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On one of the first days of the TWU's 1941 convention, a Midwestern accent rang out at Transport Hall in New York City. Orville Dailey, the delegate and president from the newly chartered Local 208 rose to the podium to address the 1,500 delegates.

Dailey told of the birth of a TWU transit local in Columbus, Ohio. "We struggled along for four years trying to organize the transport workers of that city," he said. "But, Columbus is notoriously open shop, and in dealing with the powerful utility company (which ran the transit system), which was anti-labor, we had a very hard struggle there."

The old AFL union, representing those workers, had walked away from its responsibilities to the 519 bus drivers, trolley operators, and mechanics in Columbus. After four years of tying to do it alone, the local approached A.L. Calhoun, past president of TWU's first Ohio local, the Akron based Local 1 and an international Executive Board Member.

Dailey recalled that the local telephoned Calhoun and asked for help. Calhoun replied: "I'll be in Columbus in two hours." Calhoun kept his promise and two hours later, he met with the employees of the Columbus and Southern Ohio Electric Company which operated the transit system.

The system consisted of 97 street cars, 103 trolley coaches, and 61 motor buses which served Columbus and the surrounding areas. The company was formidable and like other utility/transit companies of the day, it supplied both transit service and power to the area.

The new TWU Local was given its official CIO charter on May 8, 1941. The twelve charter members were John W. Miller, Carl Aiken, A.R. Moore, Newt Randekin, Fred E. Maugher, Samuel S. Wright, Orville Dailey, Harold M. Swisher, Robert R. Rush, Hersel I DeWees, John H. Young, and Hoyt H. Rowey.

The TWU served notice on the employer that it now was the representative of the transit employees. All the employees at an earlier meeting had unanimously voted for TWU affiliation and all but one former AFL officer were reelected under the TWU banner.

But the old group, now a rump of barely a dozen members, made a deal with the company. As representatives of the old AFL union, they signed a contract with the company.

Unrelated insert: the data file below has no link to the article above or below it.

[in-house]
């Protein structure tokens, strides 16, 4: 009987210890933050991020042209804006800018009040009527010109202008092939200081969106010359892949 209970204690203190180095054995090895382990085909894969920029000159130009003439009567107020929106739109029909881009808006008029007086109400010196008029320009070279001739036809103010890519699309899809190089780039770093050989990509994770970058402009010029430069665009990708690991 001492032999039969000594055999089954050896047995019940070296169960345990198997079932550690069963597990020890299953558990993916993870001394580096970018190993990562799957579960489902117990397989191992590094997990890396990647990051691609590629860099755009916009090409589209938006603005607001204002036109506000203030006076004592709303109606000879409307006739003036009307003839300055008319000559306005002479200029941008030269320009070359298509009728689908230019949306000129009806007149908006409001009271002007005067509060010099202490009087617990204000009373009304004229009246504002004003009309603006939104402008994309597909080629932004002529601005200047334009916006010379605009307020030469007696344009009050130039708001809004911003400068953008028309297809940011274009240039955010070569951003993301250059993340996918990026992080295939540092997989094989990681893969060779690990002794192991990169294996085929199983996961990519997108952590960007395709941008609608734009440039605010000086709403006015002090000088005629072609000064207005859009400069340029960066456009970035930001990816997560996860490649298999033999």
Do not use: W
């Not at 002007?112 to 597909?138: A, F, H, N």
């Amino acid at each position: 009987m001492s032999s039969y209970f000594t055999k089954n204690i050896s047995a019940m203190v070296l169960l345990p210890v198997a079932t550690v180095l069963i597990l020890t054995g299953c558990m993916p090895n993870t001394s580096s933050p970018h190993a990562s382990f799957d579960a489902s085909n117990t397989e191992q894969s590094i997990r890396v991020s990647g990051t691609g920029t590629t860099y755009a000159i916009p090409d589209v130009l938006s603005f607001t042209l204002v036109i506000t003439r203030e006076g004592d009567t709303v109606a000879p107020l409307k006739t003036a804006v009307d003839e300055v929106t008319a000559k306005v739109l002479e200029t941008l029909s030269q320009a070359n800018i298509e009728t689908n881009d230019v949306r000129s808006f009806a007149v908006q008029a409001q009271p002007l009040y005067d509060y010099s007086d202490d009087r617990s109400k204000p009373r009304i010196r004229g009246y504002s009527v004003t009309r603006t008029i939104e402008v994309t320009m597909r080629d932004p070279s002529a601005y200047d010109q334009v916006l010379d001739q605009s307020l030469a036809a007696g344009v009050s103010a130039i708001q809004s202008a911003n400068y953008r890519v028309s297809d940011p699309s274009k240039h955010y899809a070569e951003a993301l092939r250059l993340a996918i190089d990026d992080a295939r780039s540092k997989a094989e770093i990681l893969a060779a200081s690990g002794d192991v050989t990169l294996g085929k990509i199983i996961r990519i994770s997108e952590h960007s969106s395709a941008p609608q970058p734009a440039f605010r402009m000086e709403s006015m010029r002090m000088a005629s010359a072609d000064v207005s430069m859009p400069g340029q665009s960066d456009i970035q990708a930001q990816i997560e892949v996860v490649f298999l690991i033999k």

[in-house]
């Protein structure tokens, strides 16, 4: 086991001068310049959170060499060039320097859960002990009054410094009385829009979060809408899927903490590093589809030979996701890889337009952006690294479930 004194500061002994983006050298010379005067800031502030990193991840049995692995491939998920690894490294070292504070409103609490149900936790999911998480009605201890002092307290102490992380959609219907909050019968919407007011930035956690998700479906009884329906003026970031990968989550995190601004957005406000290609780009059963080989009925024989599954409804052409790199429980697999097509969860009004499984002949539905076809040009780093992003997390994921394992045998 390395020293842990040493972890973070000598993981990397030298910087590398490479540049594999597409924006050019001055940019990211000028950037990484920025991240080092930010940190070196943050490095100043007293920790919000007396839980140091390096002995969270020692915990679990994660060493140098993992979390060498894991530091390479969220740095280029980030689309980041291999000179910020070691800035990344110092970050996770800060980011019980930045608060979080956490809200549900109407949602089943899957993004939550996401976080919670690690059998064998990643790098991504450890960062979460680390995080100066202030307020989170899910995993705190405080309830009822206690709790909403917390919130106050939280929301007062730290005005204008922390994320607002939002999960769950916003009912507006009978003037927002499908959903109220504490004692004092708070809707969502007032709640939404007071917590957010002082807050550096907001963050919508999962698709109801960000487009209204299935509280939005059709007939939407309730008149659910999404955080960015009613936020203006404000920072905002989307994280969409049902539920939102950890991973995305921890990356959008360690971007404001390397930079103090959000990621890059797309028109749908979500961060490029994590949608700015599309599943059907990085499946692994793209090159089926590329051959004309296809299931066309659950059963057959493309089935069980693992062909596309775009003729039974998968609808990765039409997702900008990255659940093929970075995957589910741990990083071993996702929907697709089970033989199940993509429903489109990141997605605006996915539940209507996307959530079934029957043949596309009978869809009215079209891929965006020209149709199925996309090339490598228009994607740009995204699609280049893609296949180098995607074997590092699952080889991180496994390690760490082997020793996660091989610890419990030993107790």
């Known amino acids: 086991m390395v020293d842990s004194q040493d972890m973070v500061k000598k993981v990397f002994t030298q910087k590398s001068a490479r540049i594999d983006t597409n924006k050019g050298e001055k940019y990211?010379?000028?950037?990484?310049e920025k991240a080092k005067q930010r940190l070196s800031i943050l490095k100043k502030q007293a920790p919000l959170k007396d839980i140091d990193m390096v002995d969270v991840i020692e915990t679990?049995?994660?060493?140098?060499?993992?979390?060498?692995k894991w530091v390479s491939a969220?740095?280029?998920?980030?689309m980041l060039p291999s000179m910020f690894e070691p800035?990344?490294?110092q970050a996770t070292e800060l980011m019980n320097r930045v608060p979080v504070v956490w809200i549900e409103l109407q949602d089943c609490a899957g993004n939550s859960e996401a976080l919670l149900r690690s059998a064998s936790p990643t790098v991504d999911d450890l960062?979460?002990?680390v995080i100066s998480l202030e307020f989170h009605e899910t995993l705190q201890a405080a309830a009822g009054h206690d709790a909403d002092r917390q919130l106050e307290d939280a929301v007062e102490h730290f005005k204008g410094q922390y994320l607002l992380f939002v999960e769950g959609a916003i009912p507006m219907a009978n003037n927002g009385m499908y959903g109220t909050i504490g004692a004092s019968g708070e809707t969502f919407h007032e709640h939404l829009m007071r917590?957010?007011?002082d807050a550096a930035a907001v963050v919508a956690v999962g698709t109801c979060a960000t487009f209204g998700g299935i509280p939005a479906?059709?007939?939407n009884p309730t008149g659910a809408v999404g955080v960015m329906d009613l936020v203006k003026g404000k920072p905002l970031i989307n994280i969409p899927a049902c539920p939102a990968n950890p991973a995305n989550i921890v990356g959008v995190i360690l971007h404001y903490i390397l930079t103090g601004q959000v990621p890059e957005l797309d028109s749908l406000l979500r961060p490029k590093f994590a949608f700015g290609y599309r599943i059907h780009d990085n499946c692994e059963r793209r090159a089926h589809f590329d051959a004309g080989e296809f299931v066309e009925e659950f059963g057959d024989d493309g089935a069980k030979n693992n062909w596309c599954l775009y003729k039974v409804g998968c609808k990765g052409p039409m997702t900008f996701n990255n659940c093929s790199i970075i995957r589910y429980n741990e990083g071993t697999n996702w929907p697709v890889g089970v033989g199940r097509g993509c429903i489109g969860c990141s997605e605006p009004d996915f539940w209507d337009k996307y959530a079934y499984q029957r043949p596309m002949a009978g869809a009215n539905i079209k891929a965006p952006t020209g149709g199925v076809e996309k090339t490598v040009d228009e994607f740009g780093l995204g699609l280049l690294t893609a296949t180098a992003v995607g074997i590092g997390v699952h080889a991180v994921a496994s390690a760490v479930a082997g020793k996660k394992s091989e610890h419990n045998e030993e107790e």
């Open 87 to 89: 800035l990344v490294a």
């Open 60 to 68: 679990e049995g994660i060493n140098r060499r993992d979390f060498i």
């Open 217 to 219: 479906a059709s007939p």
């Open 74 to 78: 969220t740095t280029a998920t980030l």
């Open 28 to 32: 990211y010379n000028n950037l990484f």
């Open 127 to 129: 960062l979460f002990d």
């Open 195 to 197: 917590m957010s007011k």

John "Jay" Miller, a charter TWU member, recalled an AFL rally where his members were warned not to sign TWU cards. "If any of you guys sign up," he was told, "you'd be out of the AFL." Miller said that his members answered by "throwing their AFL badges on the stage."

The TWU petitioned the National Labor Relations Board for an election in early August, 1941. After some delay, an election was scheduled for November 12.

In the meantime, a number of rallies were held. TWU President Mike Quill appeared on Sunday, November 2, at the old CIO Union Hall on South High Street. Quill's voice resounded off the walls as he exhorted the Columbus transit workers to vote TWU in the representation election.

Aiding in the TWU drive were the Steelworkers, Auto Workers, Garment Workers, Rubber Workers, Mine Workers, Newspaper Workers, Communication Workers, Paper and Toy Workers, Office Workers, and Shoe Workers. It was a united effort by all of the industrial unions of Columbus.

The vote was taken at the Cleveland Avenue, North High, Kelton Avenue, and Glennwood Avenue barns. And when the ballots were counted, TWU had won a decisive victory. TWU was certified as the sole bargaining representative for Columbus transit workers and contract bargaining immediately began.

That night, the members threw a big party for the new local where everyone, including family and friends, were invited. As Convention delegate Dailey had predicted months before, "I believe that with a spirit like that of the Transport Workers Union in the city of Columbus, we can not lose."